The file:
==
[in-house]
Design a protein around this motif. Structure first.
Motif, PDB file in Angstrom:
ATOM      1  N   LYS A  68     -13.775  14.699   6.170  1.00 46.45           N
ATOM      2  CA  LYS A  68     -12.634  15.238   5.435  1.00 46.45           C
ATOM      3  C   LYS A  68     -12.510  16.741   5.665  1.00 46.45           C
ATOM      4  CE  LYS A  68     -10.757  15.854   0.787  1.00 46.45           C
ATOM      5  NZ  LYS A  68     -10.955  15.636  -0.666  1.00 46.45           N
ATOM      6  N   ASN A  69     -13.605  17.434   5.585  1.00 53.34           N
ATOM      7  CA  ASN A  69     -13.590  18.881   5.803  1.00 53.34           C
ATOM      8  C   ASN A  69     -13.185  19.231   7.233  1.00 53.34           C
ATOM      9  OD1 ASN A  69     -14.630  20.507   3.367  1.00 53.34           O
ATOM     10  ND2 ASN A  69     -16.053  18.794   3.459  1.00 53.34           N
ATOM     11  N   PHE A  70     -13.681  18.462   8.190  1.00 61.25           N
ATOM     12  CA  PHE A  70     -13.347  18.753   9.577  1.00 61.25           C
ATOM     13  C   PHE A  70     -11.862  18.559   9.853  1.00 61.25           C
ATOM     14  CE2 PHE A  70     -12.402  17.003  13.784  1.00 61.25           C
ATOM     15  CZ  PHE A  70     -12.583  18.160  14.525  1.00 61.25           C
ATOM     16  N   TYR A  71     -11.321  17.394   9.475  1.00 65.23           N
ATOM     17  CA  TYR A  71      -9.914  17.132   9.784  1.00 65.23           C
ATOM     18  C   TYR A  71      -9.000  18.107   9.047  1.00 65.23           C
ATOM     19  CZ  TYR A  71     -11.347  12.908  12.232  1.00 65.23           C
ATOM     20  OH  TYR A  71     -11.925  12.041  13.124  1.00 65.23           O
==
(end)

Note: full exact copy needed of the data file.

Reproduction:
[in-house]
Design a protein around this motif. Structure first.
Motif, PDB file in Angstrom:
ATOM      1  N   LYS A  68     -13.775  14.699   6.170  1.00 46.45           N
ATOM      2  CA  LYS A  68     -12.634  15.238   5.435  1.00 46.45           C
ATOM      3  C   LYS A  68     -12.510  16.741   5.665  1.00 46.45           C
ATOM      4  CE  LYS A  68     -10.757  15.854   0.787  1.00 46.45           C
ATOM      5  NZ  LYS A  68     -10.955  15.636  -0.666  1.00 46.45           N
ATOM      6  N   ASN A  69     -13.605  17.434   5.585  1.00 53.34           N
ATOM      7  CA  ASN A  69     -13.590  18.881   5.803  1.00 53.34           C
ATOM      8  C   ASN A  69     -13.185  19.231   7.233  1.00 53.34           C
ATOM      9  OD1 ASN A  69     -14.630  20.507   3.367  1.00 53.34           O
ATOM     10  ND2 ASN A  69     -16.053  18.794   3.459  1.00 53.34           N
ATOM     11  N   PHE A  70     -13.681  18.462   8.190  1.00 61.25           N
ATOM     12  CA  PHE A  70     -13.347  18.753   9.577  1.00 61.25           C
ATOM     13  C   PHE A  70     -11.862  18.559   9.853  1.00 61.25           C
ATOM     14  CE2 PHE A  70     -12.402  17.003  13.784  1.00 61.25           C
ATOM     15  CZ  PHE A  70     -12.583  18.160  14.525  1.00 61.25           C
ATOM     16  N   TYR A  71     -11.321  17.394   9.475  1.00 65.23           N
ATOM     17  CA  TYR A  71      -9.914  17.132   9.784  1.00 65.23           C
ATOM     18  C   TYR A  71      -9.000  18.107   9.047  1.00 65.23           C
ATOM     19  CZ  TYR A  71     -11.347  12.908  12.232  1.00 65.23           C
ATOM     20  OH  TYR A  71     -11.925  12.041  13.124  1.00 65.23           O